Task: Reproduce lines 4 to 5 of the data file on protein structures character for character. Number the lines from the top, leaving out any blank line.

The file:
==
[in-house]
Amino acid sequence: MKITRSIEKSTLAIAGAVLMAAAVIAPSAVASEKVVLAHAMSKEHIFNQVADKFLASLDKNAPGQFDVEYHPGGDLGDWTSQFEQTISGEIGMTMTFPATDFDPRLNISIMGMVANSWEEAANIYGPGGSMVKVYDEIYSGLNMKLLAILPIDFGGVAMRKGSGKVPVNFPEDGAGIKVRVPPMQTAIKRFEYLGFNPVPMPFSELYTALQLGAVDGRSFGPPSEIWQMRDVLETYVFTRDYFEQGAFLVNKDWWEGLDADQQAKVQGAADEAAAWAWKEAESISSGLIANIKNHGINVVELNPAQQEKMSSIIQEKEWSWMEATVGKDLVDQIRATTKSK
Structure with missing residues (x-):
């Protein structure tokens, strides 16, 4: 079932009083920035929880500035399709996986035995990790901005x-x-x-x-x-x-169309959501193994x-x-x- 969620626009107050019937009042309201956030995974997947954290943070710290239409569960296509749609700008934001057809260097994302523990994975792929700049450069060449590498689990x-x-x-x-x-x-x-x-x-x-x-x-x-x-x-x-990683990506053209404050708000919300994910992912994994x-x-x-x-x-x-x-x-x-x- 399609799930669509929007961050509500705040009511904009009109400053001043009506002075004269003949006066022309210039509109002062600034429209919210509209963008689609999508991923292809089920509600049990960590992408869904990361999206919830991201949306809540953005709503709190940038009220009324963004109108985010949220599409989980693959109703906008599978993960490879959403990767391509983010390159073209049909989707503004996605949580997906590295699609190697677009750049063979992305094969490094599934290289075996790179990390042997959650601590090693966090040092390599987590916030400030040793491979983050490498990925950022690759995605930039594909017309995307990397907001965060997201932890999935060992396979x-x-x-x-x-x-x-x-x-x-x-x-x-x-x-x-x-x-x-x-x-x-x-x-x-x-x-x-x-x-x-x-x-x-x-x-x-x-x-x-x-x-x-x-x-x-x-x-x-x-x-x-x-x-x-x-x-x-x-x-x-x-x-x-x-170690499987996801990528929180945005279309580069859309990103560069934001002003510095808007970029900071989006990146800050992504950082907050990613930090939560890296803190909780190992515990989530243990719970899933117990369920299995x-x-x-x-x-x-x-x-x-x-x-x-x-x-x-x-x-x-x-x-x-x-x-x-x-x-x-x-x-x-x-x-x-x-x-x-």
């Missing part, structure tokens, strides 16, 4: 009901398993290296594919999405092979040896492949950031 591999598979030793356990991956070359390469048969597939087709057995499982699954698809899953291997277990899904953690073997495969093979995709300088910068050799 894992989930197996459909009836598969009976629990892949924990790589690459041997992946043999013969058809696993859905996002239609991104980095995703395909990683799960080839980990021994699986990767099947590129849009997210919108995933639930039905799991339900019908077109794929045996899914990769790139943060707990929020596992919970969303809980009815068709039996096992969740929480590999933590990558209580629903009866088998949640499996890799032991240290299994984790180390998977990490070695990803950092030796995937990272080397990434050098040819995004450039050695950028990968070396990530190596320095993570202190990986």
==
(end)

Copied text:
């Protein structure tokens, strides 16, 4: 079932009083920035929880500035399709996986035995990790901005x-x-x-x-x-x-169309959501193994x-x-x- 969620626009107050019937009042309201956030995974997947954290943070710290239409569960296509749609700008934001057809260097994302523990994975792929700049450069060449590498689990x-x-x-x-x-x-x-x-x-x-x-x-x-x-x-x-990683990506053209404050708000919300994910992912994994x-x-x-x-x-x-x-x-x-x- 399609799930669509929007961050509500705040009511904009009109400053001043009506002075004269003949006066022309210039509109002062600034429209919210509209963008689609999508991923292809089920509600049990960590992408869904990361999206919830991201949306809540953005709503709190940038009220009324963004109108985010949220599409989980693959109703906008599978993960490879959403990767391509983010390159073209049909989707503004996605949580997906590295699609190697677009750049063979992305094969490094599934290289075996790179990390042997959650601590090693966090040092390599987590916030400030040793491979983050490498990925950022690759995605930039594909017309995307990397907001965060997201932890999935060992396979x-x-x-x-x-x-x-x-x-x-x-x-x-x-x-x-x-x-x-x-x-x-x-x-x-x-x-x-x-x-x-x-x-x-x-x-x-x-x-x-x-x-x-x-x-x-x-x-x-x-x-x-x-x-x-x-x-x-x-x-x-x-x-x-x-170690499987996801990528929180945005279309580069859309990103560069934001002003510095808007970029900071989006990146800050992504950082907050990613930090939560890296803190909780190992515990989530243990719970899933117990369920299995x-x-x-x-x-x-x-x-x-x-x-x-x-x-x-x-x-x-x-x-x-x-x-x-x-x-x-x-x-x-x-x-x-x-x-x-």
């Missing part, structure tokens, strides 16, 4: 009901398993290296594919999405092979040896492949950031 591999598979030793356990991956070359390469048969597939087709057995499982699954698809899953291997277990899904953690073997495969093979995709300088910068050799 894992989930197996459909009836598969009976629990892949924990790589690459041997992946043999013969058809696993859905996002239609991104980095995703395909990683799960080839980990021994699986990767099947590129849009997210919108995933639930039905799991339900019908077109794929045996899914990769790139943060707990929020596992919970969303809980009815068709039996096992969740929480590999933590990558209580629903009866088998949640499996890799032991240290299994984790180390998977990490070695990803950092030796995937990272080397990434050098040819995004450039050695950028990968070396990530190596320095993570202190990986």